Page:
In my creative practice, the idea of commentary has been invaluable in allowing me to construct research frameworks to develop my musical ideas. As a descriptive term, commentary carries an implicit reference both to vocal utterance and to text, suggesting fruitful parallels with the materials and processes that underpin the musical works of this exposition. To comment on a text implies aspects of parsing, paraphrasing, and interpretation, directing the attention of the reader or listener. In this exposition, commentary also refers to the ways in which the composer's treatment of sound might lead to connections or images in the mind of the listener. Such processes suggest a degree of subjectivity, mirroring the way in which the composer’s personal preferences for sounds and timbres determine both the choice and organisation of musical material. In this exposition, the vocal analogy is further extended by the way in which all sonic material is ultimately derived from recorded samples of a single Old English poem. Nonetheless, the idea of musical commentary is itself loaded with potential ambiguity and subjectivity. As a musical trope, it reflects a perennial concern among composers who have worked with text. Writing in 1976, Luigi Nono alluded to a centuries-old debate in Western music when he stated that he intended ‘to make the text become music and communicate as music. To be composed, and not simply to be applied’.5 On reading Nono's words, I was struck by the similarity, more than forty years later, with my decision to focus on the phonetic sounds of Old English when considering my approach to commentary in music.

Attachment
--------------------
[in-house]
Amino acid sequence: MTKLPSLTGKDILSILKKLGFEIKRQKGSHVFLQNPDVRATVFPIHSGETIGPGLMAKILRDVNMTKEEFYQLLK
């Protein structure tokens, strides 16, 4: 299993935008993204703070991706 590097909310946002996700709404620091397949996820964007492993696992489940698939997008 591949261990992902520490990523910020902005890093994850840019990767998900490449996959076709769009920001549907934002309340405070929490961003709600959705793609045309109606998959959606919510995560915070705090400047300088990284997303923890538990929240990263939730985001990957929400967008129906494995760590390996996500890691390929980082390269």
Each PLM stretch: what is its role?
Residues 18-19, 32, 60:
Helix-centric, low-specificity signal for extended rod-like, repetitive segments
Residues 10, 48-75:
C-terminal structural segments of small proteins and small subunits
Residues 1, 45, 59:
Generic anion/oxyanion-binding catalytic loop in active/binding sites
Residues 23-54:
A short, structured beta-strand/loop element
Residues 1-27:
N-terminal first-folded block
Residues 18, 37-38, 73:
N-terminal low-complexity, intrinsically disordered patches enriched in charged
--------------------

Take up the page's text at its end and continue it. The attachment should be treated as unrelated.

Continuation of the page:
Why, then, would a twenty-first-century composer choose to develop a research methodology via such a well-trodden path? What new insights could such an approach reveal? I acknowledge that the idea of composition as commentary is only one of countless possible approaches to my research questions. However, it is evident that methodology is not an end in itself; in practice-based research, a methodology provides a framework to facilitate the transformation of source materials into artistic production. By focusing on the development of my research methods, I have hoped to establish the ideal conditions in which new insights might arise, even when aspects of my methodology appear familiar and well used. My intention has been to create works that could stand on their own, free of the methodological scaffolding that enabled their production, while at the same time pointing towards future possible investigations. This is not to say that the means of production are purposely hidden from the listener or performer in my work. However, if I choose a particular sound based on my perception of its timbral, emotional, or dramatic qualities, my aesthetic judgement adds a layer of subjectivity on top of my methodological framework. It is this subjectivity that differentiates the outcome of my process (as practice-based research in musical composition) from a purely literary or linguistic project. The result becomes an artistic production, rather than simply a catalogue of sounds. As a composer, my creative voice becomes an integral element of the listener's experience.